You’re at your computer. Tickets are a tense, electrifying
few seconds from going on sale. Eyeing the time, you’re hitting “Refresh,” and elsewhere, all your friends are doing the exact same thing. That’s Paul Siegell’s jambandbootleg
. A widespread, high-spirited head rush. Desperation, fretfulness—all out life-leaping. “The party starts in the parking lot,” indeed. With poems shaped like a guitar, the American flag, even a Golgi apparatus, Paul’s monumental artworks could easily transform into posters. His is a poetry of exploration, heart and astonishment. Simply put: read Paul Siegell’s music. Read it as if listening to the most banging bootleg.
Please check it out here: A-HEAD Publishing, and here: AMAZON
(Amazon’s already on backorder. Oops! But go ahead. They’ll still fulfill it. Pronto!)
“For centuries, people have tried to take words and turn them into music. What Paul Siegell does in his collection of poetry, jambandbootleg, is take music and turn it back into words. And he does it exceptionally well, capturing both the excitement of concert-going and the poetic essence of the improvisational music scene.” —MARC BROWNSTEIN, bass player of the Disco Biscuits
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Posted in Books, Commentary, Publishing, tagged Allen Ginsberg, Alpaca, Bob Dylan, Books, Cemetery, editors, Humor, Jack Kerouac, Mark Twain, Poetry, writing on April 16, 2009|
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ALSO, here’s an interesting look at what it takes to get a manuscript ready for publication, reacting to critics and editing. Pretty funny, too.
Whenever I Am About to Publish a Book… by MARK TWAIN
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I got absorbed last night in a New Yorker essay about David Foster Wallace’s struggle to surpass Infinite Jest.
It had been a while since I had thought about him. When I heard about his suicide last year I was so saddened. For a while, it was all could think about. I read every obituary I could find. Most people said he was an “ironic” writer. But I knew this was wrong. Wallace had a love/hate relationship with cliches. If anything, he tried to point out the hollowness of relying on irony all the time. This was apparent to me even though I had never finished the one book of his I had started.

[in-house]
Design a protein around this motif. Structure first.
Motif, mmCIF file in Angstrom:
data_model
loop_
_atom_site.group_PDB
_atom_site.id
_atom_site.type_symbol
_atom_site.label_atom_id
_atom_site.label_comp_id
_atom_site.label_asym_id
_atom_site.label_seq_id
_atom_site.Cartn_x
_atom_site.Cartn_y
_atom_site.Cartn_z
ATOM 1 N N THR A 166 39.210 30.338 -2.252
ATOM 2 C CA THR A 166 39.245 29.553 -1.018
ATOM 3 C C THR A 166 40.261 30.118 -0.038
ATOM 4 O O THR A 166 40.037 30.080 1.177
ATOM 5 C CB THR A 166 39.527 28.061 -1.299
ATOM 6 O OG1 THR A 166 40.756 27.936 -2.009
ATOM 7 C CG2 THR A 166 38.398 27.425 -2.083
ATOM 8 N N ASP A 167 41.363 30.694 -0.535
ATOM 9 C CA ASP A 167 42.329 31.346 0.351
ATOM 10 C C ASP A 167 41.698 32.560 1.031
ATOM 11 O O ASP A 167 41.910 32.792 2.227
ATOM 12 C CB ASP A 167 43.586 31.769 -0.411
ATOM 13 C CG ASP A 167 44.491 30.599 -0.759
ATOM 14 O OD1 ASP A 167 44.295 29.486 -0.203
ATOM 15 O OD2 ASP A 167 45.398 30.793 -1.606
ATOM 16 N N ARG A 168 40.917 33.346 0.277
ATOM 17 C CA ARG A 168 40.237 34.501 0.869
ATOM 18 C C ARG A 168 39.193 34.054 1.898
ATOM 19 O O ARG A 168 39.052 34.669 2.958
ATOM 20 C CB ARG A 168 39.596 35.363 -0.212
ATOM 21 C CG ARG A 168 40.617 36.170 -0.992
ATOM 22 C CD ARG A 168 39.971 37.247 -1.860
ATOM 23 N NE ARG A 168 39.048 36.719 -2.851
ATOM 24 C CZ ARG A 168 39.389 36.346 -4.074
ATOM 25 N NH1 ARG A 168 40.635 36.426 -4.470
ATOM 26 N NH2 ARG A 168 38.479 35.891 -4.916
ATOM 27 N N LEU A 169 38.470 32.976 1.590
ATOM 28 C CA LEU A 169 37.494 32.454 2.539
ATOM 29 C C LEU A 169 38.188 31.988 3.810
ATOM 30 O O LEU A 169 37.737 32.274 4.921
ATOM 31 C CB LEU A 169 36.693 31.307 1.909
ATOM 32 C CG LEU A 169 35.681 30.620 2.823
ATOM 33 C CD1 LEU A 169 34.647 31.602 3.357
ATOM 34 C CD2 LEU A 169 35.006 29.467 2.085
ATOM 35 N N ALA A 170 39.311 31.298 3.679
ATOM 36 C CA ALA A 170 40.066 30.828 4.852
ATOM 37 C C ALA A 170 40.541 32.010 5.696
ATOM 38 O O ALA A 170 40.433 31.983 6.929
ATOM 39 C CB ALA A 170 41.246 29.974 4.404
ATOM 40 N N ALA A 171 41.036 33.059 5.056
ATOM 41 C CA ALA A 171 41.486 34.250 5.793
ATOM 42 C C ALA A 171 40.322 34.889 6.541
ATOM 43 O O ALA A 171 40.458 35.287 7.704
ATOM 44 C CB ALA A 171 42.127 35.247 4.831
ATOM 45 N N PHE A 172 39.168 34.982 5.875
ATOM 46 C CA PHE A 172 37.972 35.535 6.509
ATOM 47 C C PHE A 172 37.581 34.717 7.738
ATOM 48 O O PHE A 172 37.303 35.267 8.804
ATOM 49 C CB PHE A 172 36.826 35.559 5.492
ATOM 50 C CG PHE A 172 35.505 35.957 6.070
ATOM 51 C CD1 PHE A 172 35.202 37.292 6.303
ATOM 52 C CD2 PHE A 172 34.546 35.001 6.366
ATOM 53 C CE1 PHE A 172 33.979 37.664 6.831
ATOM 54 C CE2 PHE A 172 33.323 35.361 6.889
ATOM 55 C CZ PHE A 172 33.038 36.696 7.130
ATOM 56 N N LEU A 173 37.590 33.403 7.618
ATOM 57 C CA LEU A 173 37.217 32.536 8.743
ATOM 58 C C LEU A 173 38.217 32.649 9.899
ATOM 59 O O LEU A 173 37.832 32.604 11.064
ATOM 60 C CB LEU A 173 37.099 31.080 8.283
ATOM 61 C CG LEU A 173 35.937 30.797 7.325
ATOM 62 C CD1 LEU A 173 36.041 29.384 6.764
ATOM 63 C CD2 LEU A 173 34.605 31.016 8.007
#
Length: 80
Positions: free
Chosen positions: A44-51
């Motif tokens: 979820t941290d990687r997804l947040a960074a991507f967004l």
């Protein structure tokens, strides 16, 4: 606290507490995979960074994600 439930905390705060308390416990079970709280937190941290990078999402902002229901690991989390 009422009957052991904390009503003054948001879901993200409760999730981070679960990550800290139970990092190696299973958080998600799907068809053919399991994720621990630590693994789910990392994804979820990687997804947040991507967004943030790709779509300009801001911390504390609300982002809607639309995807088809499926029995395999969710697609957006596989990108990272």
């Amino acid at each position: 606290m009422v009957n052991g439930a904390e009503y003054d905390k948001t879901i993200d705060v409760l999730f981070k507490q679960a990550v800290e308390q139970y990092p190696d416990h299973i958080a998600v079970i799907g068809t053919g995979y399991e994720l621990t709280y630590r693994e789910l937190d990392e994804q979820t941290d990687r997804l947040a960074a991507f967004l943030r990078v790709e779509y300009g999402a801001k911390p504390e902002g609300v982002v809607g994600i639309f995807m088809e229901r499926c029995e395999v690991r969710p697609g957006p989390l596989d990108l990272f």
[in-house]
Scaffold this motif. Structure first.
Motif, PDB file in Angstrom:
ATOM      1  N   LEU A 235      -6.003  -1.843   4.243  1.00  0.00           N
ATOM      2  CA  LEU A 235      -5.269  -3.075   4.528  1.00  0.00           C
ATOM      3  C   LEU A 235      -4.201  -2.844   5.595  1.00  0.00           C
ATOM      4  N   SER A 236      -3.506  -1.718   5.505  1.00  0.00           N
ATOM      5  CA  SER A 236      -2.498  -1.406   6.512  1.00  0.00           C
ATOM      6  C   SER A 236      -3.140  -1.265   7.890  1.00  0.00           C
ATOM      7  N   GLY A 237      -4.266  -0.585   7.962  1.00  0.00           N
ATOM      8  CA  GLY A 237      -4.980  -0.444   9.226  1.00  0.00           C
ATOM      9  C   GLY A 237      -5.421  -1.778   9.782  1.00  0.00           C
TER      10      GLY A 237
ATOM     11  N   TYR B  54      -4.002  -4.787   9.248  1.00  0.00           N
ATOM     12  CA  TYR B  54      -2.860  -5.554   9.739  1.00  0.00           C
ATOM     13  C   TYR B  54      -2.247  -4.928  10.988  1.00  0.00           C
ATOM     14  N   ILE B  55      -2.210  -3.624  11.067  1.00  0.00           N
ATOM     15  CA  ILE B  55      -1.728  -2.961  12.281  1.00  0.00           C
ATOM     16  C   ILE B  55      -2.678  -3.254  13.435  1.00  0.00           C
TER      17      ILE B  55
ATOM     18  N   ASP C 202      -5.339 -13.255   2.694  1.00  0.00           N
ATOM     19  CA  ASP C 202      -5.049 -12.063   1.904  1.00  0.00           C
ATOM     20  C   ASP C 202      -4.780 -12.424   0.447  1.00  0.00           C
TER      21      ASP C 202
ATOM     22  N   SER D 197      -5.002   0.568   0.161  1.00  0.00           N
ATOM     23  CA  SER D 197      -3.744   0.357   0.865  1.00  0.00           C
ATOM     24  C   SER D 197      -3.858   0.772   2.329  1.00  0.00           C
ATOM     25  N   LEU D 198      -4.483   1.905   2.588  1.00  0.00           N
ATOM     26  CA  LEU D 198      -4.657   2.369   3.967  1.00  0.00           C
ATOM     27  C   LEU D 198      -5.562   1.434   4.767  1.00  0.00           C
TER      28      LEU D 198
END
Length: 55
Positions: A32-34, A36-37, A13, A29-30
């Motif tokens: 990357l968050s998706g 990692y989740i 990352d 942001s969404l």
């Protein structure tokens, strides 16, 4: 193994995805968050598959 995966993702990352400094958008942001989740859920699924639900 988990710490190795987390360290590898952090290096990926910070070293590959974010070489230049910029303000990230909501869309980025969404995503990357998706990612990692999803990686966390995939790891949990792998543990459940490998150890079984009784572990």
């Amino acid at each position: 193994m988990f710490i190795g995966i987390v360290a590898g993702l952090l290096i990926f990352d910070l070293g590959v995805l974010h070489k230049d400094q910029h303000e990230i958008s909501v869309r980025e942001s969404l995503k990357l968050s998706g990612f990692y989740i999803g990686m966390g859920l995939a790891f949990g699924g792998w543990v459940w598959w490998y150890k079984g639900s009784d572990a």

A couple years ago I started to read Jest, but I had to stop in the middle because it was too intense. Gave me panic attacks and vivid dreams: one where I was reading a passage of the book that didn’t exist in print, another where I was asleep but writing a new part of the book next to my pillow. When you read Infinite Jest, it becomes part of you, all 1,089 pages with footnotes.
When Wallace died I vowed to get through all his books, if nothing more than to pay him tribute. Soon, I had read Consider the Lobster and A Supposedly Fun Thing I’ll Never Do Again, without leaving with a crushed soul. Both are non-fiction. I especially liked Wallace’s title essay of the latter book. The best part about these essays is that he doesn’t fall prey to his cynicism. He has the balls to have an open mind, even if he knows it will be tough down the road.
One more thing. The only place that seemed to get what Wallace was doing was The Onion. When I read this article shortly after he died, I knew Wallace would have been proud.
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